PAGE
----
Although the British Ministry of Defence (MoD) does provide updates on its air strikes in Iraq and Syria, it has always denied that such strikes have resulted in civilian deaths. Airwars has nonetheless submitted evidence to the UK defence secretary that could prove potential British responsibility for civilian casualties. Death is not only from the sky: in February, 3 British elite SAS soldiers were injured in ground attacks near Mosul and in the same month, US army special operations Delta Forces were also reported to be operating on the ground.
Within Iraq, government-backed, largely Shiite, militias, known as popular mobilization forces or units (PMUs) are subject to very little public scrutiny or accountability. In early 2015, the Wall Street Journal called them the “other powerful threat to Iraq’s future” and stated they are “also engaging in behavior not all that different from ISIS.” Such behaviour includes the use of child soldiers, noted by UNICEF in 2015, trained with US funding for the Iraqi army.
In January 2016, PMUs targeted and killed many Sunni Arabs in Diyala province. One parliamentarian called it “genocide” and although leaving Sunni Kurds alone, the attacks were clearly aimed at provoking sectarian strife. In February 2016, two Canadian NGOs accused PMUs of massacring Yezidis, including women who had been enslaved by ISIL, in territories that had been reclaimed. The UN in Iraq denied this. If proven true, the claims undermine Canada’s support for the coalition and the Iraqi military.
In 2015, ABC reported images and videos of Iraqi security forces and PMUs carrying out executions and destroying property; it described this as potential war crimes. An Iraqi government spokesperson said it was “possible the photos were fabricated by ISIS to discredit the military,” and promised an investigation which is allegedly ongoing.
Human rights NGOs such as HRW and Amnesty have reported and documented other incidents. In April 2015, Reuter’s Baghdad bureau chief, Ned Parker, left Iraq following threats from Shiite militias, after “he reported that PMUs had committed abuses and looting after they recaptured Tikrit from IS.”
There must be no impunity for anyone accused of war crimes and human rights abuses. The emergence of ISIL has provided a cloak for the Iraqi government’s own abuses: Iraq has one of the highest execution rates in the world, and torture and rape is common in Iraqi prisons. It is this culture of impunity and injustice that has contributed to the cultivation of ISIL.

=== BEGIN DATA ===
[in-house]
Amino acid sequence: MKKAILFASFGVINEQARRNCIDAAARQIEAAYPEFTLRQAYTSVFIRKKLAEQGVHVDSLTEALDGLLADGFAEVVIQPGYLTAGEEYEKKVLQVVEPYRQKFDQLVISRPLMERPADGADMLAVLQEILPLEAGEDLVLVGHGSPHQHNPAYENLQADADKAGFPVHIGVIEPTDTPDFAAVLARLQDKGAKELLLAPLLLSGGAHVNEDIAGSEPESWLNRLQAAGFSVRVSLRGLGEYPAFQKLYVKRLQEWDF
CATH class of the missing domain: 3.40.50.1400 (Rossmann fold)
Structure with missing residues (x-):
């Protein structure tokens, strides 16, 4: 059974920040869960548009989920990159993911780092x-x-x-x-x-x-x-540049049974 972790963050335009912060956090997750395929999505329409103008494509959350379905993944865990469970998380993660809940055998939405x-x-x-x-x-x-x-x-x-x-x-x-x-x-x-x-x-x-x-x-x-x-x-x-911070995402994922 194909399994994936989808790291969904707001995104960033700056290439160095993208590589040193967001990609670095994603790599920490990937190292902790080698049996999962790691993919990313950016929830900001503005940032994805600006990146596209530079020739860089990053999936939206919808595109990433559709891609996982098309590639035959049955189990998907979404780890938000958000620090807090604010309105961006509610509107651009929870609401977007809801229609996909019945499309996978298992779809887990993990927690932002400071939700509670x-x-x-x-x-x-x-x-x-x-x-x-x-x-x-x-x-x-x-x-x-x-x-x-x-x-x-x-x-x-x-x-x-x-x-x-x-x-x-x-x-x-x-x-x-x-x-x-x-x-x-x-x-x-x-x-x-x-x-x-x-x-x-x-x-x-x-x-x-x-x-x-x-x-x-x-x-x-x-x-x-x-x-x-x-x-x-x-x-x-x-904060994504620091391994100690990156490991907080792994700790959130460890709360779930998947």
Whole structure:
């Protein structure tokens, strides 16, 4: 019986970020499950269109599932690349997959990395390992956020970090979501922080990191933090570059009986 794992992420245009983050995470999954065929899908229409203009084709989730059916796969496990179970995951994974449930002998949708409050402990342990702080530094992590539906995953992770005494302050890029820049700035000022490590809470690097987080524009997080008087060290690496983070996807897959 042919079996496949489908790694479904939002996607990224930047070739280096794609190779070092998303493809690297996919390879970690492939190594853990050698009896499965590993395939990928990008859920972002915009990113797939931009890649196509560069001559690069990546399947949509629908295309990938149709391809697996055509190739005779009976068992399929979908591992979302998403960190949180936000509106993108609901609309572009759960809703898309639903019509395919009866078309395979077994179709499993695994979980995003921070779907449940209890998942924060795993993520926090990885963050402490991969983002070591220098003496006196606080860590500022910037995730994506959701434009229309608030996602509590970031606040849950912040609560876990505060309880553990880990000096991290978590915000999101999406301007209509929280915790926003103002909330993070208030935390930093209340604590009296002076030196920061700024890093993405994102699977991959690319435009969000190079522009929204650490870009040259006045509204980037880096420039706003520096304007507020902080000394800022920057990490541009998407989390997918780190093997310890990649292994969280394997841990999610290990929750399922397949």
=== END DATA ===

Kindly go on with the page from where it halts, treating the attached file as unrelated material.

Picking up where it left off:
One major difference in the war crimes of ISIL and other parties to the conflict is visibility. With ISIL’s skilled use of social media and mainstream media coverage, ISIL’s war crimes are well known. Since ISIL emerged on the international stage in 2014, the UN has been keen to investigate and prosecute its war crimes. Similar interest has not been shown in those of the Iraqi government against its own people or the US-led coalition that invaded in 2003.
The US has been rather more prude with its torture porn since the Abu Ghraib prison scandal in 2004. Over the past 12 years, the US government has been engaged in a lawsuit with the American Civil Liberties Union (ACLU) over the disclosure of some 2000 pictures showing prisoner abuse by US military personnel in Iraq and Afghanistan. In February 2016, the US finally released 198 images. The ACLU described this small disclosure as hiding a much bigger story: “the government’s selective release of these photos could mislead the public about the true scope of what happened.”
Indeed, the US has much to hide. So much so, former soldier Chelsea Manning is currently serving a 35-year sentence for her disclosure of military documents to Wikileaks. Tortured during pre-trial detention, at one stage she faced the charge of aiding Al Qaeda through these leaks. At the same time, the British government is continuing to delay the publication of the Chilcot Inquiry into the Iraq War which is likely to prove damning.
Nor is it just the Coalition’s crimes against Iraqis that need hiding. In a new book, The Burn Pits: The Poisoning of America’s Soldiers, former soldier Joseph Hickman has documented how thousands of Iraq and Afghanistan war veterans are now suffering from cancer and other terminal illnesses, and their children are at greater risk, due to their exposure to burn pits incinerating toxic materials. The US government denies this is the case.
Alongside the various states and domestic players engaged in the scramble for Iraq at the expense of the Iraqi people, the number of private military contractors or mercenaries in the country has soared over the past year.
On 14 March, the US House of Representatives voted unanimously to consider ISIL’s war crimes against religious minorities an act of genocide. The resolution was non-binding and has no real effect. Regardless of the gender, ethnicity or religion of any Iraqi civilian, there should be no illusion that human lives are really of any interest here. The prize, as it has remained throughout decades of conflict, is Iraq’s natural assets.